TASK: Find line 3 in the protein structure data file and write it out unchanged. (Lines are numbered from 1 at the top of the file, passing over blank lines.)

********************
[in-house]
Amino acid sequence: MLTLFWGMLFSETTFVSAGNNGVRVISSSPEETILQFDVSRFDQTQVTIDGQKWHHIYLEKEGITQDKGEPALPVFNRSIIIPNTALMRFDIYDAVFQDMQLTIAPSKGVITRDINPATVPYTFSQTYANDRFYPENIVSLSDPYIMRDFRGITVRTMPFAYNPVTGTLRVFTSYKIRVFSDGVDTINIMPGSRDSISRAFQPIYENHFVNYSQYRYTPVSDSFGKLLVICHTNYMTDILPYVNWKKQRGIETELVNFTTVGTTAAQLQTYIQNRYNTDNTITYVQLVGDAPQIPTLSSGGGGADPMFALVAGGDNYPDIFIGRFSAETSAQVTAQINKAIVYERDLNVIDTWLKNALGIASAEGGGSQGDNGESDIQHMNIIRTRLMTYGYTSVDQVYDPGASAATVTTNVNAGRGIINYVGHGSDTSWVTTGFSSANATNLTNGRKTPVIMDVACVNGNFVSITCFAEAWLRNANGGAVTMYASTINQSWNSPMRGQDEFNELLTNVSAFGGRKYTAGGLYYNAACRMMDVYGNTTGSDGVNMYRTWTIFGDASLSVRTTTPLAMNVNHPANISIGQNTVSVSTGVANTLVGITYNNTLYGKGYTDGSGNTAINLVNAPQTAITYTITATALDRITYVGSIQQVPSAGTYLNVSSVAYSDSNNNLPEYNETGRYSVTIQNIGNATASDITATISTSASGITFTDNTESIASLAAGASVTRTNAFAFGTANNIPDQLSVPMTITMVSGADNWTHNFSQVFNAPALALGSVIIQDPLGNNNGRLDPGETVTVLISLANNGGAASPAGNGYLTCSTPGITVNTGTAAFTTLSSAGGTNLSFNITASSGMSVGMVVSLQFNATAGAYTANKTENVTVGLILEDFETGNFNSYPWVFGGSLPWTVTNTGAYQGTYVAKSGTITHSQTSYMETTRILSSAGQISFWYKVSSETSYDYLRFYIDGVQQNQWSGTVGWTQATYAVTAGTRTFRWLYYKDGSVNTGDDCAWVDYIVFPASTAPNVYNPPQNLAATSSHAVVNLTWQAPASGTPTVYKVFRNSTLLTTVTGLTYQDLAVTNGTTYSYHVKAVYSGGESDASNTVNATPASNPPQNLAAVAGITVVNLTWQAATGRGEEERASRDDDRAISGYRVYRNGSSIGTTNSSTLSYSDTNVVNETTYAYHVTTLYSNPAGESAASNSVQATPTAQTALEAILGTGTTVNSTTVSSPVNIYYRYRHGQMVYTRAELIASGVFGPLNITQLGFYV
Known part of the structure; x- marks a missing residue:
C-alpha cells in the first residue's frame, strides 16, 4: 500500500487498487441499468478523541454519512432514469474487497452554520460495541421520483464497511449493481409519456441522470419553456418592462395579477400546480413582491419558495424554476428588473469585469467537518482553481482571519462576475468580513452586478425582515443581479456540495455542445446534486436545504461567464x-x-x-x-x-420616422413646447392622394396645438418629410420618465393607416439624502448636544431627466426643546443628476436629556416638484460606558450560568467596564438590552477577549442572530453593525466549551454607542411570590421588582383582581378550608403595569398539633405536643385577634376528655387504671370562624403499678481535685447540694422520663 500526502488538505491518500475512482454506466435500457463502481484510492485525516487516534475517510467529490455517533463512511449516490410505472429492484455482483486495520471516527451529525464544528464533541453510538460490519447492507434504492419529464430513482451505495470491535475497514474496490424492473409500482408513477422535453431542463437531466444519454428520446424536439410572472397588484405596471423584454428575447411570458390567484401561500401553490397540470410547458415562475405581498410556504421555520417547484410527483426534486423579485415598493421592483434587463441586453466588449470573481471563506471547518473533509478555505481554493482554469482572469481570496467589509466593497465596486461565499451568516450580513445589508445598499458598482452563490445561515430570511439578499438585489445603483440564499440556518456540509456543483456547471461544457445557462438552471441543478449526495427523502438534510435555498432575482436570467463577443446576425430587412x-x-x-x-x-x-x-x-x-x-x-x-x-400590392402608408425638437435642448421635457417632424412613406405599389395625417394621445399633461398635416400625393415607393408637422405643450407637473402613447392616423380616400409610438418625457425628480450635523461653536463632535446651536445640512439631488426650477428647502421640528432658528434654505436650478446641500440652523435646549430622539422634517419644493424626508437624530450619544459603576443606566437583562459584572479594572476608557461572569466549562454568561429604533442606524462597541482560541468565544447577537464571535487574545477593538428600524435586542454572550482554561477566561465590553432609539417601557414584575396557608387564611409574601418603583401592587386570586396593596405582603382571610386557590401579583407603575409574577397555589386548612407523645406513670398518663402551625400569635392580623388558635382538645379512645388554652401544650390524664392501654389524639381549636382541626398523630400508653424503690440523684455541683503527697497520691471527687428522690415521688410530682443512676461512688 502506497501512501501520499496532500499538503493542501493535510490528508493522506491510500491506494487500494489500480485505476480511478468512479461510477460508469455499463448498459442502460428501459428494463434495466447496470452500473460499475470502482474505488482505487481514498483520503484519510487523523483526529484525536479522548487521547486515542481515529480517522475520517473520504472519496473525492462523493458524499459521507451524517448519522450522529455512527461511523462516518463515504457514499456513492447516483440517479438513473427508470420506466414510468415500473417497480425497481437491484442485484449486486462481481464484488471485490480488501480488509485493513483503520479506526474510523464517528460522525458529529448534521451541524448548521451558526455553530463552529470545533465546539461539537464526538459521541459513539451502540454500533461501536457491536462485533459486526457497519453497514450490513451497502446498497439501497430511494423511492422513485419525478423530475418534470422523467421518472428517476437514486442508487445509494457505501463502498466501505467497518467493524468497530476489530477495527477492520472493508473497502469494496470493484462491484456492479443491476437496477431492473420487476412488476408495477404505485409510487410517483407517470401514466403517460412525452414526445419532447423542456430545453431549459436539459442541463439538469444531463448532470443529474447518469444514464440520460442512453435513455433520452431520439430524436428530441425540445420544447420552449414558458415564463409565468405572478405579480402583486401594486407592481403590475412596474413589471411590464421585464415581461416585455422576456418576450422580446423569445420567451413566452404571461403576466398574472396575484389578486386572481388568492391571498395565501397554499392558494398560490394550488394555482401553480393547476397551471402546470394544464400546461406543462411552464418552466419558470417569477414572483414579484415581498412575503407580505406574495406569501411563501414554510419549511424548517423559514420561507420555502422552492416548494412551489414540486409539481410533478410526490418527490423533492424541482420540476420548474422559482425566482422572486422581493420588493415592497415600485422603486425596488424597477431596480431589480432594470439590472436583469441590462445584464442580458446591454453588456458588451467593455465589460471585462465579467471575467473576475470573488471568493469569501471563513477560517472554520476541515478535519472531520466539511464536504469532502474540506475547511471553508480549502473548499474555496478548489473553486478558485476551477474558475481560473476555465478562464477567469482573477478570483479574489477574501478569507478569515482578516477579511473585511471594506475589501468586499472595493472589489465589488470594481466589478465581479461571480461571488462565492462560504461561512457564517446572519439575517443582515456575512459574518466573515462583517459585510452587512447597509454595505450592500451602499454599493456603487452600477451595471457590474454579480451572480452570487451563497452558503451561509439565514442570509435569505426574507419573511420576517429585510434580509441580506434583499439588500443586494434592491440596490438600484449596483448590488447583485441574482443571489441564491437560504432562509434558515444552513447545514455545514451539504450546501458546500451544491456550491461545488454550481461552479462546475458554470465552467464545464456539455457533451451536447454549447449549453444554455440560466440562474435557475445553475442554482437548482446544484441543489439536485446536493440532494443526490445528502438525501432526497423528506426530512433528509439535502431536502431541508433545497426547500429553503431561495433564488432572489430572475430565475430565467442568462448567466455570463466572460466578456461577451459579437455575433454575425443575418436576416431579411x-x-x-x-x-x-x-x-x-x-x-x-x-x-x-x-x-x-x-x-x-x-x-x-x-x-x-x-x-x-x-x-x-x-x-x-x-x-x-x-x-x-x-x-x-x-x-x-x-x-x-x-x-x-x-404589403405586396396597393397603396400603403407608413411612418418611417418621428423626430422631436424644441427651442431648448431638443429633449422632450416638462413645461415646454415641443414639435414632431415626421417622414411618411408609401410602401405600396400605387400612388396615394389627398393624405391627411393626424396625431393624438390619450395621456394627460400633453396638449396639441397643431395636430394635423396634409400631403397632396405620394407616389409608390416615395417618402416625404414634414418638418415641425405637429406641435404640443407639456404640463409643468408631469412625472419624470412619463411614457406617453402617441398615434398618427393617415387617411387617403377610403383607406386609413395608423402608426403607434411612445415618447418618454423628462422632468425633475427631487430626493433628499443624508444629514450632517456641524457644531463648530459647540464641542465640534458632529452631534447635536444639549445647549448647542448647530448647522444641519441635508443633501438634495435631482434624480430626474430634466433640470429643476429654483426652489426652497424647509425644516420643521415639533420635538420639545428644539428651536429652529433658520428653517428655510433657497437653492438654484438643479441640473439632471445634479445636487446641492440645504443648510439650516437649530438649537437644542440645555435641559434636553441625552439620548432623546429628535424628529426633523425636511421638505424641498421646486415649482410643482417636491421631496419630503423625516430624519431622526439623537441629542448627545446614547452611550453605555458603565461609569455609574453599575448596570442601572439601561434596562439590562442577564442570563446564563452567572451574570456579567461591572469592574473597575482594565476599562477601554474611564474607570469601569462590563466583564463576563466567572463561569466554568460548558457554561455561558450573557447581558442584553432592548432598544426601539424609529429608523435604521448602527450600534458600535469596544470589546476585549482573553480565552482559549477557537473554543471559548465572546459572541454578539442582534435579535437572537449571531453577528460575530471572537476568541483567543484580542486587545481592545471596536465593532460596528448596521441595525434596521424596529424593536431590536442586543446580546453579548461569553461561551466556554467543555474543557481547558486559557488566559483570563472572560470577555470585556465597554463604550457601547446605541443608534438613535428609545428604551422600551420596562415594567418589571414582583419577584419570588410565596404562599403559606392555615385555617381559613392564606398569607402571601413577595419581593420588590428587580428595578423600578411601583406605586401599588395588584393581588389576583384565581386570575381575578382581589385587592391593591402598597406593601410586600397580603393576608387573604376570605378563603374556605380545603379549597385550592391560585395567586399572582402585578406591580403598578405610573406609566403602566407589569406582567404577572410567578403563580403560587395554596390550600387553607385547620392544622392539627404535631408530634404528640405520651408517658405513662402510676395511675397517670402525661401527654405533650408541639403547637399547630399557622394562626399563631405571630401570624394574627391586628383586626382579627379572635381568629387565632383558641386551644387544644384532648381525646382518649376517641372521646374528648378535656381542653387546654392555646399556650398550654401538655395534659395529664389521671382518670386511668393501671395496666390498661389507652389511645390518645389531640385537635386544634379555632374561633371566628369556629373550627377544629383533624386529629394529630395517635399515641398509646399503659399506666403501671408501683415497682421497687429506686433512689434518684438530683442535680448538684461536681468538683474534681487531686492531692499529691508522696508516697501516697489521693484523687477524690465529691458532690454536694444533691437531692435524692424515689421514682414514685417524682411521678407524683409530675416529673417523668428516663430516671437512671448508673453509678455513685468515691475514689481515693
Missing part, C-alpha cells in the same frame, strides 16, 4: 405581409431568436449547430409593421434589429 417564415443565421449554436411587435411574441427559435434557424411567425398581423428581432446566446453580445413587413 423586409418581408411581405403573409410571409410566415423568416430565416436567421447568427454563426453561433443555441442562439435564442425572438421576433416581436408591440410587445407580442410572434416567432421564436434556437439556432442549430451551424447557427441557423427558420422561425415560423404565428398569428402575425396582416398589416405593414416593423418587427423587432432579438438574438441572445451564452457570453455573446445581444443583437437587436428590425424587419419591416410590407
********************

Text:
Known part of the structure; x- marks a missing residue: